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"Cognitive Development: Its Cultural and Social Foundations" by Alexander R. Luria

Richard
MrRedwood
San Francisco, CA
Post #: 24
A friend of mine on Goodreads posted a review of the titular book in which I suspect many here might be interested.

For those that are already using Goodreads, or are interested, the link is http://www.goodreads.com/review/show/164371301;­ it's by by Trevor McCandless, who can't join us, living in Australia and all.

This needs to be broken up into several posts, because Meetup's character limit per post is only 7500 characters.

BTW, he had to really had to struggle to get a hold of a copy. I'm glad to note that Worldcat shows we have quite a few copies floating around the bay area.
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Richard
Richard
MrRedwood
San Francisco, CA
Post #: 25
Part one of his review...
I struggled to get hold of this book, it having been borrowed from the Uni library and not available from any of my other libraries. So, I’ve spent the last couple of days reading it at the State Library. The reason why this became something urgent for me to read is that I’ve been reading lots of Bourdieu and his criticism of Bernstein. Bernstein sees access to literacy as being something that also gives access to cognitive skills and abilities that are simply not available without it. Bourdieu makes somewhat similar conclusions, but sees some of the advantages of literacy as being subjective – that they give access to things that are considered better by ‘taste’, but less ‘objectively’ advantages. Any advantage, according to what I can work out from Bourdieu, is mostly due to what he calls habitas – to the lifestyle of the person and their need for social distinction which is made more ‘distinct’ if it is hard to achieve. So, the only ‘objective’ advantages of the literacy and cognitive abilities is the difficulty they have in being achieved – a bit like the reason why gold is worth more than bread.

But somewhere at the back of my mind I’ve been thinking about Luria. I learnt of this book from reading a book on research (which I’ll get to reviewing at some stage) and he has been troubling me (although only at the back of my mind, really). The book on research mentions this book as an exemplary example of social research. It would be hard to overstate this. This really is a fantastic book. The fact it was a bit hard to get my hands on probably made it all the more interesting in a way – but it has given me lots to think about.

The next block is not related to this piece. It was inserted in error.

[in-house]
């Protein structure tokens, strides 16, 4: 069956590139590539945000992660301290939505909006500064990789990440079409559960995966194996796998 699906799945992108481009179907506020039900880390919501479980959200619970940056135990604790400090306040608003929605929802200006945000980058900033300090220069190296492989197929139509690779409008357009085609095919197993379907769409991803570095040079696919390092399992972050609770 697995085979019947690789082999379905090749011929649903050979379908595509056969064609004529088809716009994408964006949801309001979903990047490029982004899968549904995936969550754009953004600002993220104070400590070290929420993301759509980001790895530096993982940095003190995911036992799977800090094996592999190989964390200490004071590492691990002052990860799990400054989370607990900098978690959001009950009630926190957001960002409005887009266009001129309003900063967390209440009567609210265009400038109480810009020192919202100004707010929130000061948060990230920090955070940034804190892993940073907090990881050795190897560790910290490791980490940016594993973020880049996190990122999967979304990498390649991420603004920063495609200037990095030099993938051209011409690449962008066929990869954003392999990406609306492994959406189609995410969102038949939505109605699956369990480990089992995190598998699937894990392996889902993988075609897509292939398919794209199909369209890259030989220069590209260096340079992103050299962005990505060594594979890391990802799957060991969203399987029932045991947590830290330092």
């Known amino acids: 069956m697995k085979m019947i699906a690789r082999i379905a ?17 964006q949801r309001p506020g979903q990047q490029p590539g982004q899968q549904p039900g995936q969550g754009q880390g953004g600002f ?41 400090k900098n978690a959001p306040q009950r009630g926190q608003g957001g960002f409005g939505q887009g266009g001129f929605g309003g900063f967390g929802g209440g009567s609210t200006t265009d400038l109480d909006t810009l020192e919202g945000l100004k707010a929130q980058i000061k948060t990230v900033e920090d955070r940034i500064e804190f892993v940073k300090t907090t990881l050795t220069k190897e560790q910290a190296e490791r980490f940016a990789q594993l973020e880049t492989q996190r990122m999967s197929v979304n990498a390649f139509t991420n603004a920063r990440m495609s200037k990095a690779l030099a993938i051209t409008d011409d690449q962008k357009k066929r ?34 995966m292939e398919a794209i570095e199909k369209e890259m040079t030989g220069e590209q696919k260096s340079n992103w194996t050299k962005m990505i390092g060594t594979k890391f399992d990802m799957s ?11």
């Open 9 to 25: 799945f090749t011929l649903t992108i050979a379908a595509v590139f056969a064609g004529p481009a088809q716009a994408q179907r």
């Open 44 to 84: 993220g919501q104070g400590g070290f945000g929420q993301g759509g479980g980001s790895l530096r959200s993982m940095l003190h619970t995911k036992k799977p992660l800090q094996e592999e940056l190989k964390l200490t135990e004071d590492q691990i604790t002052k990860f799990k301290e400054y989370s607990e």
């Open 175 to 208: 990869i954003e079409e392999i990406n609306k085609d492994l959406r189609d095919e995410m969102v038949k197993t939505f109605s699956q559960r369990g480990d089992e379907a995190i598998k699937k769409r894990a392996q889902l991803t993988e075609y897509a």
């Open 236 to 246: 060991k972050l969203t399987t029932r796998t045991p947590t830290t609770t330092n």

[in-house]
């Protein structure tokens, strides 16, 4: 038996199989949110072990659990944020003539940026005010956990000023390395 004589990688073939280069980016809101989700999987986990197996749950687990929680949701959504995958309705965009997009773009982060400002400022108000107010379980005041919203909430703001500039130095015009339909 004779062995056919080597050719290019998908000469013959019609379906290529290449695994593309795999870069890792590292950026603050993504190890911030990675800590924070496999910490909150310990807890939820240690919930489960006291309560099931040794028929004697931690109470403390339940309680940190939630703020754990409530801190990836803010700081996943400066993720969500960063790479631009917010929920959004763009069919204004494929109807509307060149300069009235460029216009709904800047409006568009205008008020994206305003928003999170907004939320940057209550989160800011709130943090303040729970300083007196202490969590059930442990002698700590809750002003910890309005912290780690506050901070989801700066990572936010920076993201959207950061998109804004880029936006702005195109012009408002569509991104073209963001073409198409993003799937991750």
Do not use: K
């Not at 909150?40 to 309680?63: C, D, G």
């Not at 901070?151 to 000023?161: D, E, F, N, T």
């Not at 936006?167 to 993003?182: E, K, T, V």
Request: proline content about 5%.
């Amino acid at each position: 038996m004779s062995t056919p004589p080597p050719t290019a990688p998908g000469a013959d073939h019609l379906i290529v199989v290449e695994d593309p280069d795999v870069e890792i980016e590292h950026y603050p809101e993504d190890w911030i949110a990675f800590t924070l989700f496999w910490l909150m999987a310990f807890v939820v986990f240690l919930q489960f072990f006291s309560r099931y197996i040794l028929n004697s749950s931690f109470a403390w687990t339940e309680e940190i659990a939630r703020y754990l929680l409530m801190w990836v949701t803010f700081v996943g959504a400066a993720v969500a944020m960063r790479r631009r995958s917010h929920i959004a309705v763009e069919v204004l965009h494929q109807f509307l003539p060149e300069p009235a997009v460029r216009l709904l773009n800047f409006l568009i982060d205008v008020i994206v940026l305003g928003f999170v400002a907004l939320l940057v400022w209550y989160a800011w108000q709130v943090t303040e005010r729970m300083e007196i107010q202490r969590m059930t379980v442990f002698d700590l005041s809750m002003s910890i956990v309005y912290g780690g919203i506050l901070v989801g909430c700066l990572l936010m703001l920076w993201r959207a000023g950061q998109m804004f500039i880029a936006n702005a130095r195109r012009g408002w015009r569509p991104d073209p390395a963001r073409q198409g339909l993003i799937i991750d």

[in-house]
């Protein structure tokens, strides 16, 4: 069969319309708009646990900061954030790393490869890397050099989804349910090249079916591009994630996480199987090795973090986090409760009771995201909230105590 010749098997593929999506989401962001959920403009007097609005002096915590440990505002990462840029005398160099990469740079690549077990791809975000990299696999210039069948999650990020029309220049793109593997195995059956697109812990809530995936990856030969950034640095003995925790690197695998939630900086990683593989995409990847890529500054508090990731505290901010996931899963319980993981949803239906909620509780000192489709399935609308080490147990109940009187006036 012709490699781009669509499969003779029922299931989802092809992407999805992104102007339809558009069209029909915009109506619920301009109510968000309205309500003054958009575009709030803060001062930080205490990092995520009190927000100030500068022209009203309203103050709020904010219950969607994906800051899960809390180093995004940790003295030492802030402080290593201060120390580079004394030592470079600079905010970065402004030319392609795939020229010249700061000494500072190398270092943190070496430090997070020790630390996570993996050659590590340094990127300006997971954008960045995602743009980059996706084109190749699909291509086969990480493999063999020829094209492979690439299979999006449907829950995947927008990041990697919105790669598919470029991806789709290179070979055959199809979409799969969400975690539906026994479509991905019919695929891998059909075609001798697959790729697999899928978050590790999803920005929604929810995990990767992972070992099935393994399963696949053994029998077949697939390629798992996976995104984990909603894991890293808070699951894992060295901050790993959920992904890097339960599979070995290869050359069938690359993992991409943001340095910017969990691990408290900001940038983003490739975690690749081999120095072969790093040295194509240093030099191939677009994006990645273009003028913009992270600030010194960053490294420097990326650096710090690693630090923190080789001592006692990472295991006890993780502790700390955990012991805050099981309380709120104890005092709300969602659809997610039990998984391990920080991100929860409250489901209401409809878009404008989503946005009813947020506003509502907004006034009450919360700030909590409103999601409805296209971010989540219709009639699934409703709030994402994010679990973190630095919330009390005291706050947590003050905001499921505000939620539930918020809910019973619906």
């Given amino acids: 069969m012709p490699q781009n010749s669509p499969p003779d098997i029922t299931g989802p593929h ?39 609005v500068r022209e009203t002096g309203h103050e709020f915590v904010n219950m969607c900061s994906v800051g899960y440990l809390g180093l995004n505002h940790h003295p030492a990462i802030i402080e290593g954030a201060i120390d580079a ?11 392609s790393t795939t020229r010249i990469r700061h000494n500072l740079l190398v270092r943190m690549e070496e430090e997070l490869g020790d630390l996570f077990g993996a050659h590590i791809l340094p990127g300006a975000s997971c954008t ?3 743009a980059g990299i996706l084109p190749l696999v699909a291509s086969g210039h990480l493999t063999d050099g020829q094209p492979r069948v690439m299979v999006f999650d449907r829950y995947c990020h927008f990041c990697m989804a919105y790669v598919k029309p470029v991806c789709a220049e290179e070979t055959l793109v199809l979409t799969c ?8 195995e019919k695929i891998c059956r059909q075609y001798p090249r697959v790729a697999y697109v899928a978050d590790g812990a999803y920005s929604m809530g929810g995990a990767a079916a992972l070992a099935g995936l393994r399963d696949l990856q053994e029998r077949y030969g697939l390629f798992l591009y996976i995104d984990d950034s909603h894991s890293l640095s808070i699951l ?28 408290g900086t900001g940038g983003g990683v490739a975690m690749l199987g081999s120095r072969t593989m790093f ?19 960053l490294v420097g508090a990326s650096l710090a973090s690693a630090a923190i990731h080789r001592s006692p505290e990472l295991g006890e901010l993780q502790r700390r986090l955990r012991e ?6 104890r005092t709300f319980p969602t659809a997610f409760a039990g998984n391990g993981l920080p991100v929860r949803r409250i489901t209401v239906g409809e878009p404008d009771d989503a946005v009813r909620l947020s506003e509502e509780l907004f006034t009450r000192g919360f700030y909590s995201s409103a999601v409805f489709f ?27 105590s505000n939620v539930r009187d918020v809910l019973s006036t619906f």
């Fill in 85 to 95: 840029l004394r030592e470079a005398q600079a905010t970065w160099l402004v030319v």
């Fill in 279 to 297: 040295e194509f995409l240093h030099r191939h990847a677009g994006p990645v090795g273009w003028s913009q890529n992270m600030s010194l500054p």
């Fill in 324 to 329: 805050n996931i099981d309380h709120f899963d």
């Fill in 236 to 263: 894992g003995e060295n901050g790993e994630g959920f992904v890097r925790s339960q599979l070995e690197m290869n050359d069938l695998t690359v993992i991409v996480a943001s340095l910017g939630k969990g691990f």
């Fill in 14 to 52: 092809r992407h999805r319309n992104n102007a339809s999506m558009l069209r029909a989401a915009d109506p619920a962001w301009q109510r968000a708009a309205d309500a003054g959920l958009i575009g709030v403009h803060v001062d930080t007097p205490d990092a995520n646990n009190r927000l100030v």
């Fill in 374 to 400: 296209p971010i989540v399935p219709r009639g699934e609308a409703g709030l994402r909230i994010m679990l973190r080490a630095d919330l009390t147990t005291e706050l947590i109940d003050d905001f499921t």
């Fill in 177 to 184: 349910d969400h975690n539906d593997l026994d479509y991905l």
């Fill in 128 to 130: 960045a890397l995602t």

I’ve written about Vygotsky before (Lev Vygotsky: Revolutionary Scientist) and Luria was involved in Vygotsky’s school. Vygotsky is very trendy (particularly at Melbourne Uni) although, admittedly, much more last year than he has proven to be this year. Mostly people were interested in his Zones of Proximal Development. But he also had ideas about the social nature of cognitive development – and it is these that I’ve been thinking about lately and that have made reading this book important.

To have a theory of cognitive development you need a kind of ladder in your head. You need to know that Kind A cognitive behaviour is of a lower type than Kind B. You need some idea of what you can do, given someone at Kind A level, to move your student towards the Kind B level.

This fits with the Bernstein and Bourdieu concern I have because if you can say that one kind of cognitive behaviour is, in fact, at a lower level to another kind of cognitive behaviour then teaching makes sense – that is, learning makes more sense than just being about show and ostentation.

In the 1930s in the Soviet Union there were all of those republics down near Turkey that end in –stan. One of them was Uzbekistan and Luria headed off there to do some research on the locals. Here were a group of people who were mostly illiterate and essentially feudal peasants. They were being placed in a kind of time machine and raced forward a couple of centuries.

Marxism holds that we are products of our social environment. Not just a little bit, but entirely products of that environment. Luria and Vygotsky took Marx at his word. They said that it should be possible to see real and predictable differences in how people think given the fact they are from socially more backward (less developed) cultures. That is, as Luria puts it, “some mental processes cannot develop apart from the appropriate forms of social life.”

He goes on to say what a rare opportunity has been offered him to do this research, “Psychology has made few attempts to deal with this problem, partly because of the infrequency of occasions when an investigator can observe how the restructuring of social systems has brought about rapidly changing forms of consciousness…”

The point being that, “We hypothesised that people with a primarily graphic-functional reflection of reality would show a different system of mental process from people with a predominantly abstract, verbal, and logical approach to reality.” (By graphic-functional, he just means that these people are fixated with concrete thinking, that they think ‘practically’, but rarely ‘theoretically’)

So, off he goes with other researchers and a series of brilliantly clever tests.

One of the debates that comes up from time to time is whether or not people see colours differently based on the language community they come from – this is particularly interesting if people come from language groups with different names for colours. For example, we have light and dark blue (but both are ‘blue’), whereas languages like Russian and French have quite different words for these two colours – and so they are seen as two colours in those language communities, rather than our one colour and two shades. However, few people in any language community is likely to have more than say 20 words they are likely to use to define colours. After you get through red, blue, green, yellow and so on you are probably going to start struggling. I’m taking it as read that people who can tell the difference between puce, burgundy and scarlet are basically oddities (if not actually wankers).